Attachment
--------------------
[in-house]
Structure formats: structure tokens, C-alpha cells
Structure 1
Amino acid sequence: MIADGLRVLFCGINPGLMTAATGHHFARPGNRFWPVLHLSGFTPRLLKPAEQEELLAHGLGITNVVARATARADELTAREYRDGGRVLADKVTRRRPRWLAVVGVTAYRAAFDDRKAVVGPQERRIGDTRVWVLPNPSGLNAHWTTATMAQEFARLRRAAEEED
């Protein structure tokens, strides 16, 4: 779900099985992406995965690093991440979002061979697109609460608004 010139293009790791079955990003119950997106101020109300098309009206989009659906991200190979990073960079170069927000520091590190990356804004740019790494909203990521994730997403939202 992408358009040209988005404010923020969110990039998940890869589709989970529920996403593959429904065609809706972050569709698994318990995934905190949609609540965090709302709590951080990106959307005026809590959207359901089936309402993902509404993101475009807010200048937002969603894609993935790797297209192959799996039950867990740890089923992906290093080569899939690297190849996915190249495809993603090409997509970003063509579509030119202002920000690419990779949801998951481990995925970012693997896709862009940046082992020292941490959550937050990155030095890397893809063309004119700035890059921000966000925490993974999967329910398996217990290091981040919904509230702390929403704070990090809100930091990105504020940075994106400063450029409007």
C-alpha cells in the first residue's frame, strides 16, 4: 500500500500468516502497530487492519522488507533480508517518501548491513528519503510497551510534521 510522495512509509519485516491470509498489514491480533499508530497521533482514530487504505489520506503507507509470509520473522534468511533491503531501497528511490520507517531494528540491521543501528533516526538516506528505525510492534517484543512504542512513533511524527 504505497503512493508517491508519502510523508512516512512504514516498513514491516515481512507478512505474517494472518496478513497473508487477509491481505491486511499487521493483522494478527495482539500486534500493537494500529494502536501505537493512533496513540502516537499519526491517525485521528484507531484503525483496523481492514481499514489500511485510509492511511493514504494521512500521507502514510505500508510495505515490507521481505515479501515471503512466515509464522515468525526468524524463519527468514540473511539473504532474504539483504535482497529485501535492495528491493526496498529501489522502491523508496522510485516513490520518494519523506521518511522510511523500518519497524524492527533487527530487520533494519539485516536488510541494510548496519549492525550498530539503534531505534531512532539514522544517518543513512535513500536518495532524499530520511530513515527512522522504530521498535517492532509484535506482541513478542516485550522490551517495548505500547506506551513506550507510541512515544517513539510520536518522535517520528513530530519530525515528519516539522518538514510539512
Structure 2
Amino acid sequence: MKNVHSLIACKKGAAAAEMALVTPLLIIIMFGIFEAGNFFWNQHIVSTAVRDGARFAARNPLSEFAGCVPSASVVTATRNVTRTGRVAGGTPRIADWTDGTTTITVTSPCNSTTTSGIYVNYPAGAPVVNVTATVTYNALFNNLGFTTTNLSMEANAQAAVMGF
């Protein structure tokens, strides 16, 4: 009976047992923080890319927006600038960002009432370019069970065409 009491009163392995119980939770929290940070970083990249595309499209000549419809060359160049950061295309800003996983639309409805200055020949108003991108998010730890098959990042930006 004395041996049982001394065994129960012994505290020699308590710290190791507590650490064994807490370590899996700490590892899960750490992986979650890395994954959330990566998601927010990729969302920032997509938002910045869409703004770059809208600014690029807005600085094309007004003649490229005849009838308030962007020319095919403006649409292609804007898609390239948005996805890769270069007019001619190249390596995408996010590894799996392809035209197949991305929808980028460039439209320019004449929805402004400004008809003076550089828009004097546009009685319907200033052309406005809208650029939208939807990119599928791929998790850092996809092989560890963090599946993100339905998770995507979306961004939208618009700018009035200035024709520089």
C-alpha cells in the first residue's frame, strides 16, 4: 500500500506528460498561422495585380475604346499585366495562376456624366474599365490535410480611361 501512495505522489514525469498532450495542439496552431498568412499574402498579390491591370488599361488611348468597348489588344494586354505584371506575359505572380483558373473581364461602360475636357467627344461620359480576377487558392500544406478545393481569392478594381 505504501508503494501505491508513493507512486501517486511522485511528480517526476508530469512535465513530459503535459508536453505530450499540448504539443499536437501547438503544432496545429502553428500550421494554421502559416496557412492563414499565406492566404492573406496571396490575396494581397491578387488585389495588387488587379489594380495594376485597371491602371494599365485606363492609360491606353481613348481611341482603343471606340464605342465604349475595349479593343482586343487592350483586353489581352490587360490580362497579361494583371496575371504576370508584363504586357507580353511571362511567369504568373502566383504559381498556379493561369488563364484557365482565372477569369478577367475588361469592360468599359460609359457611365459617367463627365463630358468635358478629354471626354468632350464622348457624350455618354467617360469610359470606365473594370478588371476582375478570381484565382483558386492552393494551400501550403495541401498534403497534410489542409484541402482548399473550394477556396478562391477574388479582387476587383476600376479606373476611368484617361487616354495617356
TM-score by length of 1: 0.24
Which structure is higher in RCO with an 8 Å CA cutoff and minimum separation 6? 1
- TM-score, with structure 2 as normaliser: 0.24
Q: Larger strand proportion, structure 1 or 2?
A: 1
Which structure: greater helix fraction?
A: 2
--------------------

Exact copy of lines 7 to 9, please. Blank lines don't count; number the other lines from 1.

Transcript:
Structure 2
Amino acid sequence: MKNVHSLIACKKGAAAAEMALVTPLLIIIMFGIFEAGNFFWNQHIVSTAVRDGARFAARNPLSEFAGCVPSASVVTATRNVTRTGRVAGGTPRIADWTDGTTTITVTSPCNSTTTSGIYVNYPAGAPVVNVTATVTYNALFNNLGFTTTNLSMEANAQAAVMGF
């Protein structure tokens, strides 16, 4: 009976047992923080890319927006600038960002009432370019069970065409 009491009163392995119980939770929290940070970083990249595309499209000549419809060359160049950061295309800003996983639309409805200055020949108003991108998010730890098959990042930006 004395041996049982001394065994129960012994505290020699308590710290190791507590650490064994807490370590899996700490590892899960750490992986979650890395994954959330990566998601927010990729969302920032997509938002910045869409703004770059809208600014690029807005600085094309007004003649490229005849009838308030962007020319095919403006649409292609804007898609390239948005996805890769270069007019001619190249390596995408996010590894799996392809035209197949991305929808980028460039439209320019004449929805402004400004008809003076550089828009004097546009009685319907200033052309406005809208650029939208939807990119599928791929998790850092996809092989560890963090599946993100339905998770995507979306961004939208618009700018009035200035024709520089």